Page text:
It used to be cute to talk about how “Bush turned off the Europeans.” Perhaps. But beneath all the public demonstrations and burning effigies, the old guard knew that Bush, like Clinton, Bush, and Reagan (but not Carter), would be there should the Russians, Koreans, Chinese, the lunatic regimes in the Middle East, the Al Qaedists and the rest threaten Western interests.

I don’t see how they can assume such a thing any more.

From the trivial like the treatment of the Churchill bust or the DVD gift to Gordon Brown, to the profound like the serial apologies, voting present on Iran, and deer-in-the-headlights stance on Korea, they must assume that the “European Rapid Deployment Force” is now their primary bulwark against the foes of civilization.

Bottom line: “Be careful what you wish for.” ...

Read the rest here.

Sunday, June 21, 2009

These glutes are made for walkin'

Tonight's exercise video, with apologies to Nancy Sinatra:

Gun Rights News Roundup

Articles, news stories, and op-eds of interest to gun owners:

[Montana] On guns in national parks bill:
... I view the passage of HR 627, a credit card reform bill with the highly publicized national park gun amendment attached, as valuable testimony for my past claims that the war to preserve the sanctity of the Second Amendment has been won. Clearly, most politicians are so gunshy about any recordable vote casting them as anti-gun and lowering their NRA grade – and therefore making them vulnerable to defeat in the next election – they go to untold lengths to avoid it.

Gun rights advocates must – and surely will – remain vigilant, but the victory in the Battle of the National Parks should give them confidence tthat hey have the political force with them. ...

[Florida] Concealed carry permits on the rise:
TAMPA - About a month ago, Audry Sauceda was carjacked and fought back.

He stuck a gun in my side and told me to get out of the car," Sauceda said while sharing her story with FOX 13 on May 15. "And I pulled out my gun and stuck it in his face, and told him, he needed to get out. He screamed and jumped out of the car."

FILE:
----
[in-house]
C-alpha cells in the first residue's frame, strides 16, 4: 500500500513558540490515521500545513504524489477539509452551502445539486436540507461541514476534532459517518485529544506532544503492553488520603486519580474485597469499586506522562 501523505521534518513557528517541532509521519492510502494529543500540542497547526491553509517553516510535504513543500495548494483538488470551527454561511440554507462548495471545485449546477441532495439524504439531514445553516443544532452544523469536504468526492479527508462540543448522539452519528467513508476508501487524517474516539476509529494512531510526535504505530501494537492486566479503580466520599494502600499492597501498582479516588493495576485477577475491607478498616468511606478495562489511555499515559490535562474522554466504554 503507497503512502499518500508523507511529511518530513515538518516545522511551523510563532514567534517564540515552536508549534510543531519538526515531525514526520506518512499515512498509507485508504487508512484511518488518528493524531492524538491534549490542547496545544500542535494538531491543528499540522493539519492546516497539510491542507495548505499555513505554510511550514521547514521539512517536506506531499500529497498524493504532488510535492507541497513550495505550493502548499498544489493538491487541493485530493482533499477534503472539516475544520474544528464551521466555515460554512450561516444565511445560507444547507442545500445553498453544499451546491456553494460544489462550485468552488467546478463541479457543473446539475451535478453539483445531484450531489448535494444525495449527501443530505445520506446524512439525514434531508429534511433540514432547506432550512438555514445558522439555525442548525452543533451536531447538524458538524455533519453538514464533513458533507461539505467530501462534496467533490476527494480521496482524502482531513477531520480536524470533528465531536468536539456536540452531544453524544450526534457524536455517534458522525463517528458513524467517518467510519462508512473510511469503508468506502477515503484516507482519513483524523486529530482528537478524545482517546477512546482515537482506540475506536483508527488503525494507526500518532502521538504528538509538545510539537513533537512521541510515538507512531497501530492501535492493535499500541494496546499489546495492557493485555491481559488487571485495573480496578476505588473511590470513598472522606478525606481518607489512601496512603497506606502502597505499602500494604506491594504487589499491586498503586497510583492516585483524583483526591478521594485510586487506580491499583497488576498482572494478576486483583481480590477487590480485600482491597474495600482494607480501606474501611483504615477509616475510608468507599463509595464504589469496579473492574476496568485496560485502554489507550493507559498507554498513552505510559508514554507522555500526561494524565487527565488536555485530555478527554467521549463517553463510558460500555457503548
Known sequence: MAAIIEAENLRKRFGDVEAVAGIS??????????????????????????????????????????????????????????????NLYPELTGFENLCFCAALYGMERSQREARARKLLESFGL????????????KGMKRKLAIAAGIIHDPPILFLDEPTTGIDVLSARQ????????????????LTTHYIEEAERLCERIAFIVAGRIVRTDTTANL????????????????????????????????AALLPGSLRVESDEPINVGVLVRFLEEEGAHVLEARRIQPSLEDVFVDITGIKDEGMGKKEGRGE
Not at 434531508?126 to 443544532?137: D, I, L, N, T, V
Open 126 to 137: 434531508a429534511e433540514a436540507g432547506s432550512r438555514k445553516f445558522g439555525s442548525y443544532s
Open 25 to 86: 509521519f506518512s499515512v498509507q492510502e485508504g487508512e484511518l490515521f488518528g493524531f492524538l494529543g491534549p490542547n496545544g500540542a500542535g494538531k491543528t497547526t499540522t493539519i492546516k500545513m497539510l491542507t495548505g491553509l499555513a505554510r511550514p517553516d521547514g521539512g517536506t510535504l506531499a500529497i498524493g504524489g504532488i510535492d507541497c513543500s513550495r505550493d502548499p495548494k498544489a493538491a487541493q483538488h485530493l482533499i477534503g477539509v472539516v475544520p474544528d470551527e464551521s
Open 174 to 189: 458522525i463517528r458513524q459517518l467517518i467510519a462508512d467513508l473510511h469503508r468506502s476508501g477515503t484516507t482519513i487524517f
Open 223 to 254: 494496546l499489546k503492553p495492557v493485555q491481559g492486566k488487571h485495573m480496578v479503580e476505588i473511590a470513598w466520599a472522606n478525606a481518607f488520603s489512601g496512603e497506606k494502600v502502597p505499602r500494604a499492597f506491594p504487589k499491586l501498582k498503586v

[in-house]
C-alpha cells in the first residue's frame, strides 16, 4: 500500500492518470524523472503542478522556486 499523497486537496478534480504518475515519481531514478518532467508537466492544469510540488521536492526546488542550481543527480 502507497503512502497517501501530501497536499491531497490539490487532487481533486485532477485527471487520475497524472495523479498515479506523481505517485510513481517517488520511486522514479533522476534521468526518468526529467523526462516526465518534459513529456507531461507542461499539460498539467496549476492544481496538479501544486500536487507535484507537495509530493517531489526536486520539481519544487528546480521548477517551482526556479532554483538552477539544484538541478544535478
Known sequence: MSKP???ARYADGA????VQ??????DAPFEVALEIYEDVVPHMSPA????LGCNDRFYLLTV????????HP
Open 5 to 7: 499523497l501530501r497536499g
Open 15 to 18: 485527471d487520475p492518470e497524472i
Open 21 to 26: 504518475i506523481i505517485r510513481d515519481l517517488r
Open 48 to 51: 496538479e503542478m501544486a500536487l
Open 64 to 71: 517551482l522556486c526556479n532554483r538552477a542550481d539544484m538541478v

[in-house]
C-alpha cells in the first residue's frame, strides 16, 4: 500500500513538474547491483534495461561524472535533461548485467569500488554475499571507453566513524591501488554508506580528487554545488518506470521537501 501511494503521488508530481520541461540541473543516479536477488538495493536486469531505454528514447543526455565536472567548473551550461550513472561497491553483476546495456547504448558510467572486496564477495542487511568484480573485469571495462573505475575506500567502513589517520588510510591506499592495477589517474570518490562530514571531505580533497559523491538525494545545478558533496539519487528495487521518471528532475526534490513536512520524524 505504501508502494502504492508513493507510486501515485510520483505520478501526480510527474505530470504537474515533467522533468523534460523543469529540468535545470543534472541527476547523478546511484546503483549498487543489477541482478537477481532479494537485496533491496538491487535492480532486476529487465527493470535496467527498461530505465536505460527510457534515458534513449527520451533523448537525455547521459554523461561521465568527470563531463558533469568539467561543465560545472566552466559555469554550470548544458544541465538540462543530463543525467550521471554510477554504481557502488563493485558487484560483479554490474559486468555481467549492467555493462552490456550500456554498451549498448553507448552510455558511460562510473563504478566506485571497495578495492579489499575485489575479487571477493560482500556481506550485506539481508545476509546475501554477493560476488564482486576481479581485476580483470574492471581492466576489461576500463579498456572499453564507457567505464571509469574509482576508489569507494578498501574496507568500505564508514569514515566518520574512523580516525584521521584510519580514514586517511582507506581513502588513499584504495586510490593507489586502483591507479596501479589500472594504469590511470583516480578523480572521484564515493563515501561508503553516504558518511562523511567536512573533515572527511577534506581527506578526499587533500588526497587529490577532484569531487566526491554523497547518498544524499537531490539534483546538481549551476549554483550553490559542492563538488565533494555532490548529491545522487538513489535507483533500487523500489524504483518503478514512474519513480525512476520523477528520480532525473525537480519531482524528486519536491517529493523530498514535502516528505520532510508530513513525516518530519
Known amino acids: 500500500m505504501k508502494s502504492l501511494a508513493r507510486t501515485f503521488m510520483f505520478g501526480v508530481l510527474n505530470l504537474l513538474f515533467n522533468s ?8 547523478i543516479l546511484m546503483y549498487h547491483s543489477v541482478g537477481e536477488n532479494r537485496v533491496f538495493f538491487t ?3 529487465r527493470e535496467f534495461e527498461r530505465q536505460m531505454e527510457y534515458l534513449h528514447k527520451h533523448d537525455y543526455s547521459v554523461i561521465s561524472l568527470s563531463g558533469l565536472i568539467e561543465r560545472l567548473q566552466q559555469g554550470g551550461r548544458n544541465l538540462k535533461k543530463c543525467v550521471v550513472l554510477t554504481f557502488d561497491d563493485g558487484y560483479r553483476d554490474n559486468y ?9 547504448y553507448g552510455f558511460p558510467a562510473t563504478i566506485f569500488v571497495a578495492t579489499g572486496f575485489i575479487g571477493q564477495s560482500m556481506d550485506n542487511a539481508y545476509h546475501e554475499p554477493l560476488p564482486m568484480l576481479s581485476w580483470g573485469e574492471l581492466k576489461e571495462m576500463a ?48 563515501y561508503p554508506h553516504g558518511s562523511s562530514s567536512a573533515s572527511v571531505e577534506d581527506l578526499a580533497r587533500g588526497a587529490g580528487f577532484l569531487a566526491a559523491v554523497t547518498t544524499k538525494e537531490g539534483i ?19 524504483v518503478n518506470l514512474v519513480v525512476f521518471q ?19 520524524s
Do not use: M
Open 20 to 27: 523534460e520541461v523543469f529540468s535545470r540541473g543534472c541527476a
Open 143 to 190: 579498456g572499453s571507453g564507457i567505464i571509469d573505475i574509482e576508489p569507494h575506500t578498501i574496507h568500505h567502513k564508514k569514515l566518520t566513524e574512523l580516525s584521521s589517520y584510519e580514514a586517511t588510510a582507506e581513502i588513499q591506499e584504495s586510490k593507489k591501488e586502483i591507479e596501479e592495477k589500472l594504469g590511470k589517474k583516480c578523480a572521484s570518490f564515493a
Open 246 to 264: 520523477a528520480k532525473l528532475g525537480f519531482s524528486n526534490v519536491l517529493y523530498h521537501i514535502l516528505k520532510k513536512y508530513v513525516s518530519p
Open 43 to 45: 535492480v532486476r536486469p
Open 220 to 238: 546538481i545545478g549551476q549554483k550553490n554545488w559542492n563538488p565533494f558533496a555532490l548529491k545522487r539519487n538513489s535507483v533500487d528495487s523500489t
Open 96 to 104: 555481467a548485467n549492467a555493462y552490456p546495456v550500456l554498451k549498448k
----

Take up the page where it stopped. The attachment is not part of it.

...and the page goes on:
It's been almost a year now since the June 26, 2008 landmark ruling in which the Supreme Court overturned the strictest gun-control law in the country, a ban on handguns.

And since then, Florida has been dealing with a rush of requests for concealed weapons permits.

Back at the Shooting Sports Gun Range on Dale Mabry in Tampa, Range Officer Fritz Caspers has seen the number of people signing up for his concealed weapons class double. ...

[Tennessee] Beale Street bans guns:
MEMPHIS, Tenn. - When Performa Entertainment Real Estate and the Beale Street Merchants Association failed to convince state lawmakers Beale Street should be exempt as a historical district, they came up with another plan in order to keep guns far away from its restaurants and bars.

"Our paramount concern is to provide for the safety and enjoyment of our guests and we're going to take any and all measures necessary to do that," said Onzie Horne Jr., Executive Director of the Beale Street Merchants Association.

Now weapons are banned on Beale starting the first weekend after a new state law allowing guns in bars takes effect.

"While we are certainly for second amendment rights and the rights that go with them we thought it was a bad bill," said John Elkington with CEO of Performa.

Beginning July 17th visitors to Beale Street can expect to be screened with metal detector wands at all entry points. Those enforcing the new ban liken it to the kind of security you experience at the airport.

Merchants say it shouldn't take long to get into the party area and once inside signs will remind everyone, "no guns allowed." ...

[Tennessee] Permit privacy bill fails in Senate:
NASHVILLE — The bill to close public access to records identifying Tennessee’s 220,000-plus handgun-carry permit holders fell three votes short of winning approval in the state Senate on Wednesday night.

It was a reversal for the gun lobby, which has been successful this year in winning approval of several bills to expand the places where permit holders are legally allowed to carry their sidearms, including parks and places where alcohol is served. The bill had passed the House 83-12 in May. ...

[D.C.] Smile, you're on gun cam - bill would put cameras on cop guns:
A D.C. Council member has reintroduced legislation to equip guns used by the District's police forces with cameras after a man was fatally shot by police in Northeast.